Following a period of rapid financial liberalization and a record credit boom in the 1980s, Sweden’s financial system suffered its worst shock in the post–World War II period. Swedish banks were heavily dependent on foreign credit, which dried up amid signs of instability. The Swedish government announced a blanket guarantee on September 24, 1992, for all banks’ obligations except share capital and perpetual subordinated loans. According to a 1995 IMF Working Paper by Drees and Pazarbasioglu, the purpose of the blanket guarantee was “to guarantee the stability of the payments system and to safeguard the general supply of credit.” The blanket guarantee gave the Riksbank the option to lend to any commercial bank operating in Sweden, even to those that were on the brink of insolvency, and to extend emergency liquidity assistance to troubled banks without imposing collateral requirements. The government created the Bank Support Authority to administer the guarantee and other measures. The balance sheets of Sweden’s banks totaled 1.5 trillion Swedish krona (SEK; USD 270 billion) in 1991, approximately 100% of GDP. The blanket guarantee was never exercised and was replaced by standing deposit insurance on July 1, 1996, with a coverage limit of SEK 250,000. The government guaranteed only depositors, and no other bank creditors, after the blanket guarantee was replaced.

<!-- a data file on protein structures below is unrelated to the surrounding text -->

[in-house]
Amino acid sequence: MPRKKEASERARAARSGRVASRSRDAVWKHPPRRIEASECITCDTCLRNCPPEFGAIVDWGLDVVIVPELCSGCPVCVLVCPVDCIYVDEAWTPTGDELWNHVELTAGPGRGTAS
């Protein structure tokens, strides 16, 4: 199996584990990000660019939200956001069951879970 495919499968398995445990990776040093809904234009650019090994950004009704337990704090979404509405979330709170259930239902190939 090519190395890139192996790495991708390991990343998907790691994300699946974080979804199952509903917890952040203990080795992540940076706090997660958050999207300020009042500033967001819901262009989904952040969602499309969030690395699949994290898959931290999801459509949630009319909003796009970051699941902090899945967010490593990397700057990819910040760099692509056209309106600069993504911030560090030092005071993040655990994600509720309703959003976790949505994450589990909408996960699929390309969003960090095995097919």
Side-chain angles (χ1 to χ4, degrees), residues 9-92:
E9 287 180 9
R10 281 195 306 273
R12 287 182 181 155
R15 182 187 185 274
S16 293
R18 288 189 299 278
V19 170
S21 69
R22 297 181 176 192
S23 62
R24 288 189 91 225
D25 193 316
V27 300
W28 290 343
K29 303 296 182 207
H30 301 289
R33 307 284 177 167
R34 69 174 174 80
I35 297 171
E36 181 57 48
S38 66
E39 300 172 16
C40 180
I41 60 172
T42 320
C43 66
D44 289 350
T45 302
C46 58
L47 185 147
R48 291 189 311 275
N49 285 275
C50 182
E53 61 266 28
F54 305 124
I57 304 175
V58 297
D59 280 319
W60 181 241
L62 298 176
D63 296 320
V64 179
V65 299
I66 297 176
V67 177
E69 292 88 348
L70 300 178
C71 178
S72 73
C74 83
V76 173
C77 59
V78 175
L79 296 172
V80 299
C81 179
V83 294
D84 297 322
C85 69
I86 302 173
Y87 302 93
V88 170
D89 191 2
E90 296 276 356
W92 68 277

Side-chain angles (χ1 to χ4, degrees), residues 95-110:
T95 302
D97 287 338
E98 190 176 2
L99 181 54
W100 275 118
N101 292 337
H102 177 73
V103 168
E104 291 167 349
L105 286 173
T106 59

"Sweden: Bank Support Authority, Blanket Guarantee, 1992,"
Journal of Financial Crises: Vol. 4
Iss. 4, 285-299.
Available at: https://elischolar.library.yale.edu/journal-of-financial-crises/vol4/iss4/14
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